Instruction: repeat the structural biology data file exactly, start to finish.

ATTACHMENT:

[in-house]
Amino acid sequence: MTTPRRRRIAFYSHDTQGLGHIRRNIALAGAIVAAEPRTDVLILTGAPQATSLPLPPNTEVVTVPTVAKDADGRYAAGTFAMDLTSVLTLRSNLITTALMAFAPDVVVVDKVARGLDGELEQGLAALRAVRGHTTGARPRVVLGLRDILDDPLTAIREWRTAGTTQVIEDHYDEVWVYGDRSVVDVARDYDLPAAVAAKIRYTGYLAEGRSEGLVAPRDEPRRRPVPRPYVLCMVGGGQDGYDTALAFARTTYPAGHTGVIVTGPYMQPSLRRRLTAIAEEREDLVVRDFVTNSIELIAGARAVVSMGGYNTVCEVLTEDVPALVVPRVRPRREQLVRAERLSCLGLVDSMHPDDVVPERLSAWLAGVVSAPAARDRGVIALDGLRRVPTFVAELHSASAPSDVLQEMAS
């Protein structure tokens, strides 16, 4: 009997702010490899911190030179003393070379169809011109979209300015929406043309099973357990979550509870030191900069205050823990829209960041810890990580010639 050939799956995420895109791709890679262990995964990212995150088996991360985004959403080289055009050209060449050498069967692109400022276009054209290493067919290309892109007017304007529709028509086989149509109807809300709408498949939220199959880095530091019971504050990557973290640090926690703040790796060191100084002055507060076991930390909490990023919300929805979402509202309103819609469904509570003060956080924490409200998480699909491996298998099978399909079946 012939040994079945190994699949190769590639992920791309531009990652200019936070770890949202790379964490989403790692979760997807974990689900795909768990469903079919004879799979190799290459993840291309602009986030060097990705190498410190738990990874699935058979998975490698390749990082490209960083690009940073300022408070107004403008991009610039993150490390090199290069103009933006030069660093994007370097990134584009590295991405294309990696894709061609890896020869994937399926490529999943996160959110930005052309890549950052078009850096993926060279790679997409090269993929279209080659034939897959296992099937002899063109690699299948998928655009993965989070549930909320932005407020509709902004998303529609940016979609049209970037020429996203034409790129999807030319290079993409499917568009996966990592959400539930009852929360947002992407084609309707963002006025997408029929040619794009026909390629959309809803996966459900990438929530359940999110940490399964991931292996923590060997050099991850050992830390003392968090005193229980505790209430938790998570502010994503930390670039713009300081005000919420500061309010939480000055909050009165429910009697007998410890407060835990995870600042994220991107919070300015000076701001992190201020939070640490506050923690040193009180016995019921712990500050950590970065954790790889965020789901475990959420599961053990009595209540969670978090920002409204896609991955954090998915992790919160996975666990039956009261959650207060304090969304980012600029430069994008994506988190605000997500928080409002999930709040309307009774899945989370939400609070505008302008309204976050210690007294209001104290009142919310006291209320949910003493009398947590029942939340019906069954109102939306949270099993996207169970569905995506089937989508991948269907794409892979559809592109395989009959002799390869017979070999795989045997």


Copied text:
[in-house]
Amino acid sequence: MTTPRRRRIAFYSHDTQGLGHIRRNIALAGAIVAAEPRTDVLILTGAPQATSLPLPPNTEVVTVPTVAKDADGRYAAGTFAMDLTSVLTLRSNLITTALMAFAPDVVVVDKVARGLDGELEQGLAALRAVRGHTTGARPRVVLGLRDILDDPLTAIREWRTAGTTQVIEDHYDEVWVYGDRSVVDVARDYDLPAAVAAKIRYTGYLAEGRSEGLVAPRDEPRRRPVPRPYVLCMVGGGQDGYDTALAFARTTYPAGHTGVIVTGPYMQPSLRRRLTAIAEEREDLVVRDFVTNSIELIAGARAVVSMGGYNTVCEVLTEDVPALVVPRVRPRREQLVRAERLSCLGLVDSMHPDDVVPERLSAWLAGVVSAPAARDRGVIALDGLRRVPTFVAELHSASAPSDVLQEMAS
């Protein structure tokens, strides 16, 4: 009997702010490899911190030179003393070379169809011109979209300015929406043309099973357990979550509870030191900069205050823990829209960041810890990580010639 050939799956995420895109791709890679262990995964990212995150088996991360985004959403080289055009050209060449050498069967692109400022276009054209290493067919290309892109007017304007529709028509086989149509109807809300709408498949939220199959880095530091019971504050990557973290640090926690703040790796060191100084002055507060076991930390909490990023919300929805979402509202309103819609469904509570003060956080924490409200998480699909491996298998099978399909079946 012939040994079945190994699949190769590639992920791309531009990652200019936070770890949202790379964490989403790692979760997807974990689900795909768990469903079919004879799979190799290459993840291309602009986030060097990705190498410190738990990874699935058979998975490698390749990082490209960083690009940073300022408070107004403008991009610039993150490390090199290069103009933006030069660093994007370097990134584009590295991405294309990696894709061609890896020869994937399926490529999943996160959110930005052309890549950052078009850096993926060279790679997409090269993929279209080659034939897959296992099937002899063109690699299948998928655009993965989070549930909320932005407020509709902004998303529609940016979609049209970037020429996203034409790129999807030319290079993409499917568009996966990592959400539930009852929360947002992407084609309707963002006025997408029929040619794009026909390629959309809803996966459900990438929530359940999110940490399964991931292996923590060997050099991850050992830390003392968090005193229980505790209430938790998570502010994503930390670039713009300081005000919420500061309010939480000055909050009165429910009697007998410890407060835990995870600042994220991107919070300015000076701001992190201020939070640490506050923690040193009180016995019921712990500050950590970065954790790889965020789901475990959420599961053990009595209540969670978090920002409204896609991955954090998915992790919160996975666990039956009261959650207060304090969304980012600029430069994008994506988190605000997500928080409002999930709040309307009774899945989370939400609070505008302008309204976050210690007294209001104290009142919310006291209320949910003493009398947590029942939340019906069954109102939306949270099993996207169970569905995506089937989508991948269907794409892979559809592109395989009959002799390869017979070999795989045997």